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Based on many years writing, rewriting and considering publishing options dashdot has collected considerable experience and expertise. From that experience here are some tips for current or prospective authors to help them with the process of writing and publishing.

This list is orientated to preparing to engage with a publisher or two about a book.

There is no strict order and the process is variable to suit circumstances. Sometimes authors have more than one concept at a time. This process can be undertaken for each concept.

  1. Find a title - possibly with an explanatory subtitle - keep it as a working tile - be prepared to change or refine it later.
  2. Write the text for the back cover - what is the book about? - why should someone buy or read this book?
  3. Provide a Contents list - full listing - adjust to obtain balance and constancy - use appendices as appropriate.
  4. Identify the target audience or market for the volume - who and possibly who not.
  5. Identify the competition - other existing or in development volumes and other media by others with full details including title, authors, editions, date, price, contents, sales. What is different in your volume? Could this competition be reference material?
  6. Draft, redraft and fine tune the Introduction / Preface / Foreword.
  7. Fully assemble a typical chapter / section from within the Contents - as a sample of your style and abilities - complete all aspects with diagrams, figures, references, etc.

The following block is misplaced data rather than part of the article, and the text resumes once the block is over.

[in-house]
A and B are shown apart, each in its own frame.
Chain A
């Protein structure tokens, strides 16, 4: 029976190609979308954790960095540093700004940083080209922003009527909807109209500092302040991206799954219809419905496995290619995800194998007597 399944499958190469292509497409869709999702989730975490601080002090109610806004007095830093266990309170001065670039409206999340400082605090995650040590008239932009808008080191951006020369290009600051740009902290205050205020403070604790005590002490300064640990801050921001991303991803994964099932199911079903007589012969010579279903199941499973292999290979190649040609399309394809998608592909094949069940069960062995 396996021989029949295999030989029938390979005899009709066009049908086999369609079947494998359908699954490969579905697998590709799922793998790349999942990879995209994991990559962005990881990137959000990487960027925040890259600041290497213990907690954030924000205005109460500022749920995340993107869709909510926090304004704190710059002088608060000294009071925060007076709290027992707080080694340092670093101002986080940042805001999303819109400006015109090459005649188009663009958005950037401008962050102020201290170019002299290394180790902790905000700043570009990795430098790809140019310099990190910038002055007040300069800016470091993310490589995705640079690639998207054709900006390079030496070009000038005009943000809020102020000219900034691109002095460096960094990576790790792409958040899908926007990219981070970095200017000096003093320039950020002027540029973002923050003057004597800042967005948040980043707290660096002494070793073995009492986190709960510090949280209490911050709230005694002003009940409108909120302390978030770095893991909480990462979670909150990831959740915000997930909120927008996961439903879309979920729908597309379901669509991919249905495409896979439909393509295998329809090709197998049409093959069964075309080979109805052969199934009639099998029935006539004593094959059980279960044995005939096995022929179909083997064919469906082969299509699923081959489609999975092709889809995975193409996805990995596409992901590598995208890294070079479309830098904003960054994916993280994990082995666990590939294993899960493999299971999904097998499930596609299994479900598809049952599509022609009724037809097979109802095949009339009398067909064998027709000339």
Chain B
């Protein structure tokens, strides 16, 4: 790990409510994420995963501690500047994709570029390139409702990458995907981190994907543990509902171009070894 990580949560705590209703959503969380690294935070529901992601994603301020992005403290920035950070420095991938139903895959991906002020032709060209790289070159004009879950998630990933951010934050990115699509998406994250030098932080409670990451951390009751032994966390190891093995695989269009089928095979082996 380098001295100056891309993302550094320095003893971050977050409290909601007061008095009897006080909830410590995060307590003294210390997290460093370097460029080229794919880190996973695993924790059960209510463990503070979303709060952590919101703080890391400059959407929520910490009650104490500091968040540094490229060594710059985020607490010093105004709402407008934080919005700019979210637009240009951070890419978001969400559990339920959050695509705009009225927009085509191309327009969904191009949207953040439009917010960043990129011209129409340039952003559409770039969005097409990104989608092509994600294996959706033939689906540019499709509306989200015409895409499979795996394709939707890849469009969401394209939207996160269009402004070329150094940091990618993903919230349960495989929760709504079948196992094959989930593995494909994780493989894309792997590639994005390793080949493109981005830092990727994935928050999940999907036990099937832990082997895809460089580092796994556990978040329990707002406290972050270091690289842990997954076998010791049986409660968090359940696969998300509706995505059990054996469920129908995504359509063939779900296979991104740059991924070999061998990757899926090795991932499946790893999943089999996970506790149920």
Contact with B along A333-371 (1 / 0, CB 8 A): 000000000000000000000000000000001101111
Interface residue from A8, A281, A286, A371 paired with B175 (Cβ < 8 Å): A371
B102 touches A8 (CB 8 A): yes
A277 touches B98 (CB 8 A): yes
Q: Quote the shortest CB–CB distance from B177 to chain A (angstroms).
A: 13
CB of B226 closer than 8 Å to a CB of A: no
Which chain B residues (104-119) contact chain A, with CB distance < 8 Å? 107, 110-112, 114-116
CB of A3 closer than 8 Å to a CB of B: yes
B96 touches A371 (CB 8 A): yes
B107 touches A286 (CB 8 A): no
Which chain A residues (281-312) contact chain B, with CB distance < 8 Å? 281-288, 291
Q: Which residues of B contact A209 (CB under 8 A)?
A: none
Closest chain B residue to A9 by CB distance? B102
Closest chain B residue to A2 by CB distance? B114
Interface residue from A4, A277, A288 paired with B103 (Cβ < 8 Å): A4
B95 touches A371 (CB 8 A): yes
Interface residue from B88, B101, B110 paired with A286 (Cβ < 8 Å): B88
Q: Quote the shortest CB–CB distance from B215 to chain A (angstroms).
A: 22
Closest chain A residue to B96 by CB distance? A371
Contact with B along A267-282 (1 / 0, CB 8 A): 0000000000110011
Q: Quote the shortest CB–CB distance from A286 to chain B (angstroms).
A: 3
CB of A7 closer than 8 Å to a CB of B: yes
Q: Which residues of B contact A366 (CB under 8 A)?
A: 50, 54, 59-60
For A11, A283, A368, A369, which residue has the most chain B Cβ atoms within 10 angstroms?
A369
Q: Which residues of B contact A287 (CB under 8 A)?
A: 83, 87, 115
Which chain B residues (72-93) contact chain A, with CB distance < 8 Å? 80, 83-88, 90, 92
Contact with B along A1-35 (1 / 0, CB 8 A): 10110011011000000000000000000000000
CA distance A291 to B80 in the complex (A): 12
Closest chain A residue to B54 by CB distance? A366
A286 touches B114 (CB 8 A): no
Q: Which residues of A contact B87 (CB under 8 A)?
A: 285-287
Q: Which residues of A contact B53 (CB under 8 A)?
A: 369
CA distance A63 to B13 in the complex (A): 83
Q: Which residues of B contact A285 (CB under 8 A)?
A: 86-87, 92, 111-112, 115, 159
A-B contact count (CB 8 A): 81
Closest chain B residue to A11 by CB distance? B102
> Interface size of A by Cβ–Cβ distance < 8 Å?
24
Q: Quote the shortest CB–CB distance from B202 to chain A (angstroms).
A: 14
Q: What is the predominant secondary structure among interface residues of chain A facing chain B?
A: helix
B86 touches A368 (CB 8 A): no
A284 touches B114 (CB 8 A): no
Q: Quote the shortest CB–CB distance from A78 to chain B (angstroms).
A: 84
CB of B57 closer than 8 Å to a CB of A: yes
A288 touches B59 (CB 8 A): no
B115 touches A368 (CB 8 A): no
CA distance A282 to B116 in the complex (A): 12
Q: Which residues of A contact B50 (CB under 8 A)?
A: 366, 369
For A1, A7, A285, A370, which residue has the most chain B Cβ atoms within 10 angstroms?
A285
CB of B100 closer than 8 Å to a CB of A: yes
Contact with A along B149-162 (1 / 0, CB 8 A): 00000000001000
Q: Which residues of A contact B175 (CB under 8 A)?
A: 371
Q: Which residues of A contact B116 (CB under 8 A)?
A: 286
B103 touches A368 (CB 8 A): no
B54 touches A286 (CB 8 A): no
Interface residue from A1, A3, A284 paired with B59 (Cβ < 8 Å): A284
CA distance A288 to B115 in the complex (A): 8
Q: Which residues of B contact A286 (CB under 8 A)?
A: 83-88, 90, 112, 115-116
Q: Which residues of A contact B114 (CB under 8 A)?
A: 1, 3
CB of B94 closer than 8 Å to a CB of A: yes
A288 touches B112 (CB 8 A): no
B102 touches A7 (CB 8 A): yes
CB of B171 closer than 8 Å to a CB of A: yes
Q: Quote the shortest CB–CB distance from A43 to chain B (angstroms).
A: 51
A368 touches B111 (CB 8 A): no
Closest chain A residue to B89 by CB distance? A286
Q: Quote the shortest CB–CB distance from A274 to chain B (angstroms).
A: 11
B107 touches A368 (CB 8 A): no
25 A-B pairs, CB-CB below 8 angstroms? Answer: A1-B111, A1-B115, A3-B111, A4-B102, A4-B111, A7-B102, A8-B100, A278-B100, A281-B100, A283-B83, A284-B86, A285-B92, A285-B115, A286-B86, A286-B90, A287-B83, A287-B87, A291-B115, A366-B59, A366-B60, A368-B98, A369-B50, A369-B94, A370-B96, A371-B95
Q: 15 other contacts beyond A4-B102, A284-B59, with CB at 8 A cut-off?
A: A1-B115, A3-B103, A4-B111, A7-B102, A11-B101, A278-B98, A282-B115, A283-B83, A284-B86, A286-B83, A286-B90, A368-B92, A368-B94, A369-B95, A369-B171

8. Locate existing publications which demonstrate the image, style, layout etc. you feel appropriate to your volume - as hard back, soft back, 'e' books, pdf downloads.
  9. Prepare a short CV or profile of yourself to suit an author role.
  10. Identify any other activities - current and potential - that could be linked to the publication - talks, presentations, lectures, video games, software, institutional links, academic connections, etc. - that might assist promotion and sales.
  11. List other authors, contributors, peer reviewers, references etc. that could be involved.
  12. Provide an indicative price.
  13. Consider other options as well or instead - academic papers, internal training manuals, smaller booklets, magazine articles, blogs, talks or similar.
  14. Find your writing style or "voice" by writing sample sections as above or in other means as letters, short pieces, reports.
  15. Back to item 1

DO NOT:

  • attempt to write the whole book,
  • set timetables or deadlines,
  • expect enthusiasm,
  • expect others to believe if you do not have and show self-belief and confidence in your concept,
  • expect your first concept to work - try again, later, on something else,
  • expect to be rich or famous from writing and publishing (alone),
  • become downhearted - there is satisfaction and enjoyment to be found.